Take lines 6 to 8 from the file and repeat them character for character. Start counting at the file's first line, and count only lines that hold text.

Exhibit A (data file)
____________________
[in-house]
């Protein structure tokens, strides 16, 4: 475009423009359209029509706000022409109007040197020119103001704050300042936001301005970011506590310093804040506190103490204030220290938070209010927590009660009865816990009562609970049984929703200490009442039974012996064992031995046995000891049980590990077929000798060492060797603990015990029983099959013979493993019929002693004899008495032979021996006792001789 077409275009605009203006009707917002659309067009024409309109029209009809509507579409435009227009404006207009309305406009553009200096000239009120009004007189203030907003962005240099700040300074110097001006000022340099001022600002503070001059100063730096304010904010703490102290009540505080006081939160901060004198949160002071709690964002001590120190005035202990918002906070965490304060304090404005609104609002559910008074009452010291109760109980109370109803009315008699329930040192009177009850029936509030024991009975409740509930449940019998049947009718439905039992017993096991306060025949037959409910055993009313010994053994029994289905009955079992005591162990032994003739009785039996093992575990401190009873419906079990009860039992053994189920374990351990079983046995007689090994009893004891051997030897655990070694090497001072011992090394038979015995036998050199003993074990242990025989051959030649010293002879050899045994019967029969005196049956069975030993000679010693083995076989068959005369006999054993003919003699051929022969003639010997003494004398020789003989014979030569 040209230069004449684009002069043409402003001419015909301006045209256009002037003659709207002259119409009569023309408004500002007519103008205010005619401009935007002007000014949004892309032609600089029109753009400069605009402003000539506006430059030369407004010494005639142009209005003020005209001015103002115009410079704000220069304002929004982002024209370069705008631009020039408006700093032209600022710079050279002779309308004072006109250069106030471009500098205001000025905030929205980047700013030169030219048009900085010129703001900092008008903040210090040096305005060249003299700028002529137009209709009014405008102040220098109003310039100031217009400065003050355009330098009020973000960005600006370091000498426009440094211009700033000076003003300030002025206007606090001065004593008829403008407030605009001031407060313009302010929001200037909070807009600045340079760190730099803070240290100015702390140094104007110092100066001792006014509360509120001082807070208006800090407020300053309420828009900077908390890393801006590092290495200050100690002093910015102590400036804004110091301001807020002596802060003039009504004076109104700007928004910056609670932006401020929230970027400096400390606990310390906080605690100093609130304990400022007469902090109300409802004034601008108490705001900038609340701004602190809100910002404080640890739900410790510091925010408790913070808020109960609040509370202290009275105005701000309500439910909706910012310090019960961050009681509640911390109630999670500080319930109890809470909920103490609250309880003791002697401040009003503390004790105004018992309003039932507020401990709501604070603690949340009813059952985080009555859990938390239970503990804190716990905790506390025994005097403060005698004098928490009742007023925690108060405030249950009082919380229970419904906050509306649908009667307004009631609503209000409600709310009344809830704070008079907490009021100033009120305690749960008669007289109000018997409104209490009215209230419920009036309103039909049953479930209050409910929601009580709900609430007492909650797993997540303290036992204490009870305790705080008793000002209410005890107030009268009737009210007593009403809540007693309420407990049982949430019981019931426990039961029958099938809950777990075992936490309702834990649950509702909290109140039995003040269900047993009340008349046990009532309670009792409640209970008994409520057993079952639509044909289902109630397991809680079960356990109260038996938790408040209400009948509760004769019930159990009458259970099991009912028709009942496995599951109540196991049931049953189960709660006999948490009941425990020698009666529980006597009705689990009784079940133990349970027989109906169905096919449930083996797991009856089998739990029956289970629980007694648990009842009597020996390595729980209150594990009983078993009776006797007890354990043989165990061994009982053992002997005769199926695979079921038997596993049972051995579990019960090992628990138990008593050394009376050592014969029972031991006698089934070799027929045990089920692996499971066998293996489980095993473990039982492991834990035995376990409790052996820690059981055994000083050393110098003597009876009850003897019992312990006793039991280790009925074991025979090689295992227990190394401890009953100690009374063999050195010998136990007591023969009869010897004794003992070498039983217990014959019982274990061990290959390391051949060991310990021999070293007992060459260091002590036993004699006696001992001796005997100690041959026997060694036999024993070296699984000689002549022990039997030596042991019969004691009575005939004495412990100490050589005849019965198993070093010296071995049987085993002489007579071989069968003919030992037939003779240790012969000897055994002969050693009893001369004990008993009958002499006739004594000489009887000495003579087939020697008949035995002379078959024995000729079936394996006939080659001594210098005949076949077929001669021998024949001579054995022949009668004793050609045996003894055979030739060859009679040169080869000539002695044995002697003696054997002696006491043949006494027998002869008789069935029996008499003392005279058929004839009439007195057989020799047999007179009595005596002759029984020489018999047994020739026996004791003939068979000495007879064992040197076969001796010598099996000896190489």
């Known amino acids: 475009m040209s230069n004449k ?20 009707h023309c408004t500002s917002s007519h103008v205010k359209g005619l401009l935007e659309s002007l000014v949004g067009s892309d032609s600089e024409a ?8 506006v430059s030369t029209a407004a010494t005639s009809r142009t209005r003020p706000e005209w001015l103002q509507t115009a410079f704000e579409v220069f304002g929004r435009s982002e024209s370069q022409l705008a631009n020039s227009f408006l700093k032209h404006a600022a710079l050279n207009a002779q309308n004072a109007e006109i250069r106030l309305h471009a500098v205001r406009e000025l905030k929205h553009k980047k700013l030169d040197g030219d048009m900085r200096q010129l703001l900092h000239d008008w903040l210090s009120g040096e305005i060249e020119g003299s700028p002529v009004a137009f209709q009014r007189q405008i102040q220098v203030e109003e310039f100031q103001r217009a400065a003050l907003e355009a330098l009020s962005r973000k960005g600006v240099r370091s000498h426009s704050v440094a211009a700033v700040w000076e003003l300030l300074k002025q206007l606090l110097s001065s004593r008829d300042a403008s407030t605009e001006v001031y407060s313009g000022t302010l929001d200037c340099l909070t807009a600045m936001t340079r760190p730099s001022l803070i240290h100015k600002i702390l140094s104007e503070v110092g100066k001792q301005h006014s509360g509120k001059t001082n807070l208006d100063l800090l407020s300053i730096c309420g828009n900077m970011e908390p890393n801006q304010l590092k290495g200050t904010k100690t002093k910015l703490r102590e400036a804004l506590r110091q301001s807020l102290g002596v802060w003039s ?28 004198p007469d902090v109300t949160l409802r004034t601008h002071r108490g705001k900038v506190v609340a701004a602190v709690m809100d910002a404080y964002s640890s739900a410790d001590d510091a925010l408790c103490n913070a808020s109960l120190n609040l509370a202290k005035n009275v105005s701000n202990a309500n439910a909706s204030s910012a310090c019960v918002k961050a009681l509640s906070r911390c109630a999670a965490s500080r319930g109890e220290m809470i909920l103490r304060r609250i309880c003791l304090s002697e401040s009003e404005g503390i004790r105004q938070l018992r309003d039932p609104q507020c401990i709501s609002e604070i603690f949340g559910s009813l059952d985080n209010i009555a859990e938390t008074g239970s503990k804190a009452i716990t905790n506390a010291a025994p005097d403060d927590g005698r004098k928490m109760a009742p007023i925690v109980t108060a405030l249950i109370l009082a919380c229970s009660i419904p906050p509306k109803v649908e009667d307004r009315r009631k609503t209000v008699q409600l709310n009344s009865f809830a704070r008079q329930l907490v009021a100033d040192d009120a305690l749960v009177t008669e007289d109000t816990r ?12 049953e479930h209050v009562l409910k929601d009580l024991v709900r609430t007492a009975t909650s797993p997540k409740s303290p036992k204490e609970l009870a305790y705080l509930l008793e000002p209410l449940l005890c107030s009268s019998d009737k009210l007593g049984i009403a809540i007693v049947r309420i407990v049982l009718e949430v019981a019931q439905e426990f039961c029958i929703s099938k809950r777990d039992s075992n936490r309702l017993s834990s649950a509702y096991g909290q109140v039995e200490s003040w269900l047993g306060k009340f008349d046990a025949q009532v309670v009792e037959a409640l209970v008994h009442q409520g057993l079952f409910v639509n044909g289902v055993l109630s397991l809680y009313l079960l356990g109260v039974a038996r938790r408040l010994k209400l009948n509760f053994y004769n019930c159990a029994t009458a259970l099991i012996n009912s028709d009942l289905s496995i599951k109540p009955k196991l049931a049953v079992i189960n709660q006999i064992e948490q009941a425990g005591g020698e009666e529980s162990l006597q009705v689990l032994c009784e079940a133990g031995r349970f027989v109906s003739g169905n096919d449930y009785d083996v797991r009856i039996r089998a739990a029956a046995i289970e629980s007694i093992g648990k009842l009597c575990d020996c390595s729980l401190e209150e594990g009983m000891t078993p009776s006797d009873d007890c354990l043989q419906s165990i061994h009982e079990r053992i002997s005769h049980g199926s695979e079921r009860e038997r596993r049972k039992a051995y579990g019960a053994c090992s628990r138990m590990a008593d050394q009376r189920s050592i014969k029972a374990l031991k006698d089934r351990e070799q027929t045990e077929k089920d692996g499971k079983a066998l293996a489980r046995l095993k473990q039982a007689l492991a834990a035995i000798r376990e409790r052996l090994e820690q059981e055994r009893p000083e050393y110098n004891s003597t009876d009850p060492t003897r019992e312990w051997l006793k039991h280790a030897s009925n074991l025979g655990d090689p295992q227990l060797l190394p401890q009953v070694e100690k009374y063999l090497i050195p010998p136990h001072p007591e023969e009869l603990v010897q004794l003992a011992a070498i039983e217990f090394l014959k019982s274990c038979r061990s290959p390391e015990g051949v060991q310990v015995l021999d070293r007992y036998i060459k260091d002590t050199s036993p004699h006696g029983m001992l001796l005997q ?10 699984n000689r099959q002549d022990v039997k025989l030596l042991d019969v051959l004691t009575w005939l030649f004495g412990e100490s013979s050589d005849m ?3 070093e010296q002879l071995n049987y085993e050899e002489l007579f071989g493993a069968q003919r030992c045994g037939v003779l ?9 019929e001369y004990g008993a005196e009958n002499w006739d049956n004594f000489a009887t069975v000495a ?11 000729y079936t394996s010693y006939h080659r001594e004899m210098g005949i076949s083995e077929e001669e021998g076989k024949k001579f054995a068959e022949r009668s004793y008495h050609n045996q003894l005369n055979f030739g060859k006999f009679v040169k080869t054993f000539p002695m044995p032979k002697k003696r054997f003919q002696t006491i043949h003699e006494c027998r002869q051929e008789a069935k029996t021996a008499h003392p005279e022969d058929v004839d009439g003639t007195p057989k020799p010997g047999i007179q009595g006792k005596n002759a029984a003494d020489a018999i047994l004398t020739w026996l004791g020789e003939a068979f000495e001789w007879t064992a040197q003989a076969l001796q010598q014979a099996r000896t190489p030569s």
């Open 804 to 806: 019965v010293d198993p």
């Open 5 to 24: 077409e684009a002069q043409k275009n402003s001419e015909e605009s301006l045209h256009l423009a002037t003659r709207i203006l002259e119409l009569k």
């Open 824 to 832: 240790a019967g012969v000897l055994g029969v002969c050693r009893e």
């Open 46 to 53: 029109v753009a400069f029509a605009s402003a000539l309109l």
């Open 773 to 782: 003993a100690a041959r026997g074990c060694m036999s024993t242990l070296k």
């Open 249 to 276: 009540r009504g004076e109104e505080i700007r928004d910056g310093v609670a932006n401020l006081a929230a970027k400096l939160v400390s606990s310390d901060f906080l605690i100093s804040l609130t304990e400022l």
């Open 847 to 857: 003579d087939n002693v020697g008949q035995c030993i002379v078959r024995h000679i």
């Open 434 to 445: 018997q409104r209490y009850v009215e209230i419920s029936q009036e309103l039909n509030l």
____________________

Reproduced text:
């Open 824 to 832: 240790a019967g012969v000897l055994g029969v002969c050693r009893e």
């Open 46 to 53: 029109v753009a400069f029509a605009s402003a000539l309109l």
């Open 773 to 782: 003993a100690a041959r026997g074990c060694m036999s024993t242990l070296k």